Freshman Gary Harris could end up being this team’s x-factor. A five-star recruit, Harris is an athletic, 6-foot-4 slasher known for his aggressiveness, his ability to score off the dribble and his defensive aggressiveness. If he can prove to be a consistent scorer from the perimeter, a guy that can compete for all-league honors, Michigan State could have some real upside this season. Sophomore Brandan Kearney and freshman Denzel Valentine are bigger, more versatile guards, while Russell Byrd is a 6-foot-7 shooter whose recurring foot issues may end up forcing him into a limited role.

Predictions?: Best case scenario? Assuming Appling and Harris excel in the back court, Dawson is fully recovered from his injury and more advanced offensively, and Nix and Payne have learned how to play together on the front line, Michigan State has the makings of a team that can make noise in the league and a run in the tournament. But those are a lot of ‘ifs’ that need to work out well. There’s no guarantee that happens. Whether or not it does, the Spartans are going to play a tough, physical brand of basketball and compete every night. A top four finish in the Big Ten sounds about right.

Rob Dauster is the editor of the college basketball website Ballin’ is a Habit. You can find him on twitter @robdauster.

Villanova lands four-star 2018 guard

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Villanova added its first recruit in the Class of 2018 on Wednesday night.

Jay Wright and his staff landed a verbal commitment from Paul VI Catholic High School’s Brandon Slater, a four-star guard by Rivals as the No. 42 overall prospect in the rising senior class.

The 6-foot-5 Slater announced his decision via Twitter.

Slater, according to Jeff Borzello of ESPN, picked the Wildcats over Maryland, Miami, South Carolina, and Virginia.

He is currently playing the Nike EYBL with Team Takeover, the same grassroots program that produced current Villanova guard Phil Booth.

Comic-Con forces Providence to play at Alumni Hall for home opener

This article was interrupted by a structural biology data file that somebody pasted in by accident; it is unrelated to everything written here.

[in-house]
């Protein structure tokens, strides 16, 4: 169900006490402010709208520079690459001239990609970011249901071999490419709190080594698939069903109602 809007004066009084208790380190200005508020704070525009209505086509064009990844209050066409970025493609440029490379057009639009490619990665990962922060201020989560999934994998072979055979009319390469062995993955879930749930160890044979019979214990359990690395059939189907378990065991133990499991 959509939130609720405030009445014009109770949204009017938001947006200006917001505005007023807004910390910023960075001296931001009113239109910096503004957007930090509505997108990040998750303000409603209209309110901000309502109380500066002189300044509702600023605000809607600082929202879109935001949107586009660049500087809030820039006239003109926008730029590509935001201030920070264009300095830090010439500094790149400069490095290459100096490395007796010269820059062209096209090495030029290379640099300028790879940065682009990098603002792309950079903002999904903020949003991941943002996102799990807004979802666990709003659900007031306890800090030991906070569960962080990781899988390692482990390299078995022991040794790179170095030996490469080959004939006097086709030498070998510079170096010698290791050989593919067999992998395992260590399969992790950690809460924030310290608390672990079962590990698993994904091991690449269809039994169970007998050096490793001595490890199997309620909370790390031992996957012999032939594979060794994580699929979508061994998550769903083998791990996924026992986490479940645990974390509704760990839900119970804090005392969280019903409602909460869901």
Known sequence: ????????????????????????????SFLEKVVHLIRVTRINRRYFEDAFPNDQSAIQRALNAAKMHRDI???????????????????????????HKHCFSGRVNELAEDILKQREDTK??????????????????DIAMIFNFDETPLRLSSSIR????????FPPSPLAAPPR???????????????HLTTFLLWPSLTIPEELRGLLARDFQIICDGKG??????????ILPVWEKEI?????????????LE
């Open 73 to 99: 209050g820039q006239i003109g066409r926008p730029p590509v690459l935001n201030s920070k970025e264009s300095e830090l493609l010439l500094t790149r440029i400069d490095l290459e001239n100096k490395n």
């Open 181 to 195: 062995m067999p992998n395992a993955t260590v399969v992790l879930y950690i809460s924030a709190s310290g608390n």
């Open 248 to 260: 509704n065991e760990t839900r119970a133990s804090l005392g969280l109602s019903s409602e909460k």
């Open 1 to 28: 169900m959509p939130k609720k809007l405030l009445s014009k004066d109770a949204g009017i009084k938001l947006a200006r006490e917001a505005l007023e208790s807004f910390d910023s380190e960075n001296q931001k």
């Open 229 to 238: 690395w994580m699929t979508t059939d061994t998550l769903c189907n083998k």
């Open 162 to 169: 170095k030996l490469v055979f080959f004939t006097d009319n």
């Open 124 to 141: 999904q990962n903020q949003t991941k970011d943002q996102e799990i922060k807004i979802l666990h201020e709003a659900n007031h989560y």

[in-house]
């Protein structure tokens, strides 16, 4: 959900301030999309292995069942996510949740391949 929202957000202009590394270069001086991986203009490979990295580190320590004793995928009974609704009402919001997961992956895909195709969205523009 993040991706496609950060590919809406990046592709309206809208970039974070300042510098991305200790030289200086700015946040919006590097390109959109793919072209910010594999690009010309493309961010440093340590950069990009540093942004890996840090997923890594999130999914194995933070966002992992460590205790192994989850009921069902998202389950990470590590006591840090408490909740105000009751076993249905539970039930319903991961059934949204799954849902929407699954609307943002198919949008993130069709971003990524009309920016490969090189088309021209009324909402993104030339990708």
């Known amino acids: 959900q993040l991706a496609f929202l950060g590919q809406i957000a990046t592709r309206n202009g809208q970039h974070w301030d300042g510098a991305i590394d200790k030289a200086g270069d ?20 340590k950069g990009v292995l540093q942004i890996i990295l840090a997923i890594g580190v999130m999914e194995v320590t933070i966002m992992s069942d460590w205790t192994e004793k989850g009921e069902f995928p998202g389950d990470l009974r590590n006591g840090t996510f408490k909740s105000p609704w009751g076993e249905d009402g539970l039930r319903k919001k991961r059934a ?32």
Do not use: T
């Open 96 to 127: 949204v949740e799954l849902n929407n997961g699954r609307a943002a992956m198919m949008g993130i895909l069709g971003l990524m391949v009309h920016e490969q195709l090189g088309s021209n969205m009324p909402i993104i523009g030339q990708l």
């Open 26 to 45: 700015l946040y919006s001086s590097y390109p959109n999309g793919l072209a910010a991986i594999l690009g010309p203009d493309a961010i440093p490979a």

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Providence will play its first game at Alumni Hall, the on-campus facility, for the first time in 35 years this fall.

The Friars unveiled their 2017-18 non-conference schedule on Thursday afternoon. The team’s home opener will play either Houston Baptist or Belmont in Mullaney Gym inside Alumni Hall.

According to Kevin McNamara of the Providence Journal, the reason for that is a schedule conflict at Providence’s home arena, the Dunkin’ Donuts Center, in downtown Providence. A Comic-Con convention is scheduled Nov. 10-12. As McNamara notes, it’s a busy part of the season for The Dunk. The arena also is home to the Providence Bruins, the American Hockey League affiliate of the Boston Bruins, and by mid-November, their season is in full swing.

The Friars haven’t played at Alumni Hall since 1972, the same year the Dunkin’ Donuts Center was opened. In the three decades since Providence last played a regular season game there, the facility has gone under necessary renovations, as you could imagine. Even with added seats, Mullaney Gym can host a maximum of 1,549. That’s a fraction of what The Dunk’s capacity of 12,400.

Providence will return to its downtown home on Nov. 13, hosting Minnesota as part of the Gavitt Games. The Golden Gophers will likely be a top-20 team to open the season. The Friars, who bring back every notable player from last year’s NCAA Tournament team, is a fringe top-25 team.

Jalen Coleman-Lands to transfer out of Illinois

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The already-thin Illinois roster got thinner on Thursday afternoon.

Evan Daniels of Scout.com reported that sophomore guard Jalen Coleman-Lands has requested and received his release from the program. He will have to sit out next season but will have two years of eligibility remaining.

Coleman-Lands was a top-40 recruit in the Class of 2015, according to Rivals. He becomes the second player from that recruiting class this month to exit the school. Reserve guard D.J. Williams elected to transfer on May 8. With Jeremiah Tilmon and Javon Pickett, two incoming recruits, both previously reopened their recruitments following John Groce’s firing.